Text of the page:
Endocrine Abstracts (2017) 49 S12.2 | DOI: 10.1530/endoabs.49.S12.2

Management of Graves orbitopathy

Luigi Bartalena


Italy.


Management of Graves’ orbitopathy (GO) depends on the severity and activity of the disease. Guidelines for the management of GO have recently been published by EUGOGO (European Group on Graves’ Orbitopathy) (European Thyroid Journal 2016 5 9–26). Assessment of GO by standardized criteria is fundamental to determine the type of intervention. General measures for all patients with GO, irrespective of the degree of severity and activity, include restoration and stable maintenance of euthyroidism, refrain from smoking, use of local measures (e.g. artificial tears, ocular gels). All GO patients, except for the mildest cases, should be referred to specialists. Mild GO is not treated actively, except for a 6-month course of selenium supplementation, shown in a randomized clinical trial (RCT) to be more effective than placebo also in terms of prevention of progression to more severe forms of GO. Sight-threatening GO, due to dysthyroid optic neuropathy and/or corneal breakdown, is an endocrine emergency and should be treated immediately with very high doses of intravenous glucocorticoids (ivGCs) and measures to protect the corneal surface. If, however, response is absent or poor within 2 weeks, the patient should be promptly submitted to orbital decompression. Treatment of moderate-to-severe GO depends on disease activity. If GO is stably inactive, there is no place for medical treatment, and rehabilitative surgery (orbital decompression, squint surgery, eyelid surgery) can be performed, as needed. For moderate-to-severe AND active GO, ivGCs represent, for the time being, the first-line treatment. ivGCs are given as 12 weekly, slow infusions of methylprednisolone (MP). Most commonly, the cumulative dose of MP is 4.5 g, but the dose should be tailored to the patient conditions, avoiding a cumulative dose >8 g and a single dose >0.75 g, to minimize the risk of toxicity. If response is not satisfactory in terms of regression and inactivation of GO, second-line therapies include a second course of ivGCs, a course of oral glucocorticoids combined with either orbital radiotherapy or cyclosporine, treatment with rituximab. The choice of second-line treatments should be part of a shared decision-making process with the informed patient. In addition to rituximab, the effectivess and safety of which should be confirmed in larger RCTs, ongoing studies are investigating the effectiveness and safety of other biologics, including teprotumumab and tolicizumab. Results of these studies are not available yet.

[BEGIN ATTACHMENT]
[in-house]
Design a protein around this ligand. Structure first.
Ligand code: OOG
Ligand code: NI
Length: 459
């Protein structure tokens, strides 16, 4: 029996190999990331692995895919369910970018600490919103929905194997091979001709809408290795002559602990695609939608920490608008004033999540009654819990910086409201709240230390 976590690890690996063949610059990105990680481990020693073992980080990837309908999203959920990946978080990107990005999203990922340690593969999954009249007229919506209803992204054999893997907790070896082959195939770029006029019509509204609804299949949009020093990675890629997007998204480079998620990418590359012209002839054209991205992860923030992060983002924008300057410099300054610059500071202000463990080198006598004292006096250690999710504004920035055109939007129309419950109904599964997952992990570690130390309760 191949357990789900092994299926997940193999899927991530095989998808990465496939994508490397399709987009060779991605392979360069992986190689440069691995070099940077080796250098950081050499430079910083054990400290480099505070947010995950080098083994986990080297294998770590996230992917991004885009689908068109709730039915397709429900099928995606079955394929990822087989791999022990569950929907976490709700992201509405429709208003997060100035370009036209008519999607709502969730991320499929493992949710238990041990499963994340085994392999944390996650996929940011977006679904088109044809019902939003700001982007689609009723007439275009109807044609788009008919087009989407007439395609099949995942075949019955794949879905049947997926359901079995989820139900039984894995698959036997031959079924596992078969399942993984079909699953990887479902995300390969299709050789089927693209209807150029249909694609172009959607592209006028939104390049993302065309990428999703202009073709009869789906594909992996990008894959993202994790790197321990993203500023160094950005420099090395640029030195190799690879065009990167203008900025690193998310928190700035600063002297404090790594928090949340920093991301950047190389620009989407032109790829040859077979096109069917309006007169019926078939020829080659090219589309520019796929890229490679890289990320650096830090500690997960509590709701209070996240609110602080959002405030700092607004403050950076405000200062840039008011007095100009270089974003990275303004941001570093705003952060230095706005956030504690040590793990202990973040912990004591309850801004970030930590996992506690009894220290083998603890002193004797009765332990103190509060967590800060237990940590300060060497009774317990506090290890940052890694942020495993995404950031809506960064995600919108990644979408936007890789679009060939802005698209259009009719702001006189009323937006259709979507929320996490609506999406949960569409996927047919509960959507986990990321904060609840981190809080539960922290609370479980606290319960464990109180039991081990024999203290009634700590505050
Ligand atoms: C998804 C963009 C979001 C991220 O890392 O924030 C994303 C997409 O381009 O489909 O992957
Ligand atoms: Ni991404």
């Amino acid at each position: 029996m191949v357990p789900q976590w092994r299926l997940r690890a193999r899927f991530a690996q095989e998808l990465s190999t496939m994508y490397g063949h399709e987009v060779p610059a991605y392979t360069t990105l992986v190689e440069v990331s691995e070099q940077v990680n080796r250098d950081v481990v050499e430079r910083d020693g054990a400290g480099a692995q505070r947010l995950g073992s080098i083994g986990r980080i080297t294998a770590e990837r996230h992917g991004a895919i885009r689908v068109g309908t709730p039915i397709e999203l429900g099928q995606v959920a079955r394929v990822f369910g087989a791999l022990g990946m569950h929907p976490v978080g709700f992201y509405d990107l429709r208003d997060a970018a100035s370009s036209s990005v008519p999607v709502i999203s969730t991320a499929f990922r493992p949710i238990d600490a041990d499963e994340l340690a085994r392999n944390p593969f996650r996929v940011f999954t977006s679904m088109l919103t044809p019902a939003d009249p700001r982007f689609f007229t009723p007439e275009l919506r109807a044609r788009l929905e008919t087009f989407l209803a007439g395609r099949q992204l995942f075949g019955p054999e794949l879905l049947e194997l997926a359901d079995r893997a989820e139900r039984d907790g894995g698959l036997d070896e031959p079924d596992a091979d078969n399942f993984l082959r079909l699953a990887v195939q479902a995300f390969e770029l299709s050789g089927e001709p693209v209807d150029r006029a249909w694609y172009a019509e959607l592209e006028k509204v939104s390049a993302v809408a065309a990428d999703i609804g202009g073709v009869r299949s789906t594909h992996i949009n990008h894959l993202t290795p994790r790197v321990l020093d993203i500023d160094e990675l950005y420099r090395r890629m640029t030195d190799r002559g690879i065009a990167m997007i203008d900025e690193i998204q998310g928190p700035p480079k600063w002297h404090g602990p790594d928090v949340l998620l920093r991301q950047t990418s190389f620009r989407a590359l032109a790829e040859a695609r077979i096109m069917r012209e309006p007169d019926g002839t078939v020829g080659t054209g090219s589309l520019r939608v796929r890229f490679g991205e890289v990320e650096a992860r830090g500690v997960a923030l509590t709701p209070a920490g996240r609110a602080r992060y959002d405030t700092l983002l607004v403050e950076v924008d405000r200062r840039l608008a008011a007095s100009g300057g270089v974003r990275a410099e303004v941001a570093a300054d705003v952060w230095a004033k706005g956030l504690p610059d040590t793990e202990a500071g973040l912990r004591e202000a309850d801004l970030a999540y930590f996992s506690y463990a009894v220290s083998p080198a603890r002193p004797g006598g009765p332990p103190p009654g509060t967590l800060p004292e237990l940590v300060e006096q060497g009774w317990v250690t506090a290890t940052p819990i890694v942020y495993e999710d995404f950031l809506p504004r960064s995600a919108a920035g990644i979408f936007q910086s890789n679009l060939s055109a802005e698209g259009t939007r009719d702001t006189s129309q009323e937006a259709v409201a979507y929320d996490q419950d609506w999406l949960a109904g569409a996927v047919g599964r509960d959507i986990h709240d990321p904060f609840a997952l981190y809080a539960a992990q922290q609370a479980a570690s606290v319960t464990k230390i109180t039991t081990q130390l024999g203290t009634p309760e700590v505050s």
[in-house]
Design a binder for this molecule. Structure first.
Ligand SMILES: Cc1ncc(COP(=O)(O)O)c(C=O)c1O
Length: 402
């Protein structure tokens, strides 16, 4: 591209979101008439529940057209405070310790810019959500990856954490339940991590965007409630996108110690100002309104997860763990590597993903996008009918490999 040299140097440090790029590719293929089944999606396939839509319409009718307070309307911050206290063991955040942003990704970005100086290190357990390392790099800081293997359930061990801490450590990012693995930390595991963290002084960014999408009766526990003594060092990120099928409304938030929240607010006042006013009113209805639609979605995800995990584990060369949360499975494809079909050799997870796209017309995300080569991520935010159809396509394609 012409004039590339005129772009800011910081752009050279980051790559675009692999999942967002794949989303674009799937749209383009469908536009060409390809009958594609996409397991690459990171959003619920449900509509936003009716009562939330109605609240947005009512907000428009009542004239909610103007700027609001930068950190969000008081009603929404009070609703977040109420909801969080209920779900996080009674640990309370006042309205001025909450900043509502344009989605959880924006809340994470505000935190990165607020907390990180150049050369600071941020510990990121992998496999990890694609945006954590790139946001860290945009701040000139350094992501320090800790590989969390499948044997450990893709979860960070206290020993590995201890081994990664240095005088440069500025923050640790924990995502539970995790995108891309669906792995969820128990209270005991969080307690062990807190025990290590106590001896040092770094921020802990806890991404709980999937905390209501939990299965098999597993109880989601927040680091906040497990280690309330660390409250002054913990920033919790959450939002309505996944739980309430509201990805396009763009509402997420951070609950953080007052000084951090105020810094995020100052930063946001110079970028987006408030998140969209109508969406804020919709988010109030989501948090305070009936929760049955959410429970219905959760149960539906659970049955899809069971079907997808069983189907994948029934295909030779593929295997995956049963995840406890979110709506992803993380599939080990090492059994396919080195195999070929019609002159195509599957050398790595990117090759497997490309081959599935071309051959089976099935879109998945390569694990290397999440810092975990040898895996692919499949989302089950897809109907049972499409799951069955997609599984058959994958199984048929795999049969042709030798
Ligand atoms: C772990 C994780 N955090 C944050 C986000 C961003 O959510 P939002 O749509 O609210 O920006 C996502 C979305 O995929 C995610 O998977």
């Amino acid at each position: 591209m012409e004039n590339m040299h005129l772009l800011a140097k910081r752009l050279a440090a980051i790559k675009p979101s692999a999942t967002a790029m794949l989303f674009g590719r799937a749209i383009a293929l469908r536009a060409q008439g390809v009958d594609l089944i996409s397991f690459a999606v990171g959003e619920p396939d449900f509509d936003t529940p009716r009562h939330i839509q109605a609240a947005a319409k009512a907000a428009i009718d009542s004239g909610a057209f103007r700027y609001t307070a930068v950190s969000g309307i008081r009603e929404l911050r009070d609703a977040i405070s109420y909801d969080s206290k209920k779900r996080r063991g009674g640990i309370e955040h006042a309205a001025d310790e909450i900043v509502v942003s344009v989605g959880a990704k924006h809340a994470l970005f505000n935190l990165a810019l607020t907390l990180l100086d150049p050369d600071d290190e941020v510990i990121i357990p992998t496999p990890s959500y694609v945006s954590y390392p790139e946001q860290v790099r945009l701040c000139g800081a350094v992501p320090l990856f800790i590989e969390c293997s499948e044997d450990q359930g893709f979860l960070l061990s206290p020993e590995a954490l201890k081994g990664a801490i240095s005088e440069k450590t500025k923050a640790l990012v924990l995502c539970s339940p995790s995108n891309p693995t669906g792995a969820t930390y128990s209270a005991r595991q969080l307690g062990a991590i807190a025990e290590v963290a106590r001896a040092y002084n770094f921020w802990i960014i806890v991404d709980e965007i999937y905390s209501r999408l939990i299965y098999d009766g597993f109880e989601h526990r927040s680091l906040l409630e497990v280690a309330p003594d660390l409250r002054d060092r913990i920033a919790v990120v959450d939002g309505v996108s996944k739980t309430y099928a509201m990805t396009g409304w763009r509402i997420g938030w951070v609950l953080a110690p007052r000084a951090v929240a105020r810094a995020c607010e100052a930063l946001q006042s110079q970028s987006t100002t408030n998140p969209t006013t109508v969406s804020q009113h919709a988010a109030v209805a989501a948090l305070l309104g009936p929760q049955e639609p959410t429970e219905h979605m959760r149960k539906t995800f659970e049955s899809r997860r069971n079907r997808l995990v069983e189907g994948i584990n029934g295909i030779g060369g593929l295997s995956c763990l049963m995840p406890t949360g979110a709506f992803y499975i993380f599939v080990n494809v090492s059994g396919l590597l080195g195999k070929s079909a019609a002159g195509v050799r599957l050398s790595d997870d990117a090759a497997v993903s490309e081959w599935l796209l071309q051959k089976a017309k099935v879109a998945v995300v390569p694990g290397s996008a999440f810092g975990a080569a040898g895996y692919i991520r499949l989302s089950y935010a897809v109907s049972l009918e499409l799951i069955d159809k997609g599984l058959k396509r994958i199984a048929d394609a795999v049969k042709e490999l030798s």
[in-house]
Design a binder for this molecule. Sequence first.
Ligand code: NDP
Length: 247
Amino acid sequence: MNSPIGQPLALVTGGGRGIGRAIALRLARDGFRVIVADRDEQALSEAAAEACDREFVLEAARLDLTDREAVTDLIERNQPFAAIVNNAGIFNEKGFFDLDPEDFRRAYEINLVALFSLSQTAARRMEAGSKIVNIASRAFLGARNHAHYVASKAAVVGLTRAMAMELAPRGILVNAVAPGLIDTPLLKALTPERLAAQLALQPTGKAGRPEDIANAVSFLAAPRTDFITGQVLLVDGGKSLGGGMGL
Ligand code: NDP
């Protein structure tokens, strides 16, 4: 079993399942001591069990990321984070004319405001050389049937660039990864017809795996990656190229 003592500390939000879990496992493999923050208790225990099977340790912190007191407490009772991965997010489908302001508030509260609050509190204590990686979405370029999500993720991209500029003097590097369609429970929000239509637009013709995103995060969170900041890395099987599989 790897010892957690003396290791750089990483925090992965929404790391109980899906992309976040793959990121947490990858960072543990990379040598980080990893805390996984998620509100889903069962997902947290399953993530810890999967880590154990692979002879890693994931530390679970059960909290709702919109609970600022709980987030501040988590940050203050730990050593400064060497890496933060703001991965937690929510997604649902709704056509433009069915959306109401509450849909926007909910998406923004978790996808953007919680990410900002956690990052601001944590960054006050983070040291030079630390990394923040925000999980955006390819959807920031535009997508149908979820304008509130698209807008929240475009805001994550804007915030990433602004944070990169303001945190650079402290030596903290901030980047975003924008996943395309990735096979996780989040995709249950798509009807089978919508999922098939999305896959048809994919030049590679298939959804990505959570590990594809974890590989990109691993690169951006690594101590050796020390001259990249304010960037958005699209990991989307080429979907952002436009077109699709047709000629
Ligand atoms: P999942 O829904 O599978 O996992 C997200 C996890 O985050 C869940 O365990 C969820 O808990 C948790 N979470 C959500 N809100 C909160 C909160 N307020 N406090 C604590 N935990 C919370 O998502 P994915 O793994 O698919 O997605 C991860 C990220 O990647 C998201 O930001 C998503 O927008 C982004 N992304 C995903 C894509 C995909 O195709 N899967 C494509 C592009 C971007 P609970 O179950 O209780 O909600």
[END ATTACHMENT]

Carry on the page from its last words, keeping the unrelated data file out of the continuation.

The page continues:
Article tools

My recent searches

No recent searches.

My recently viewed abstracts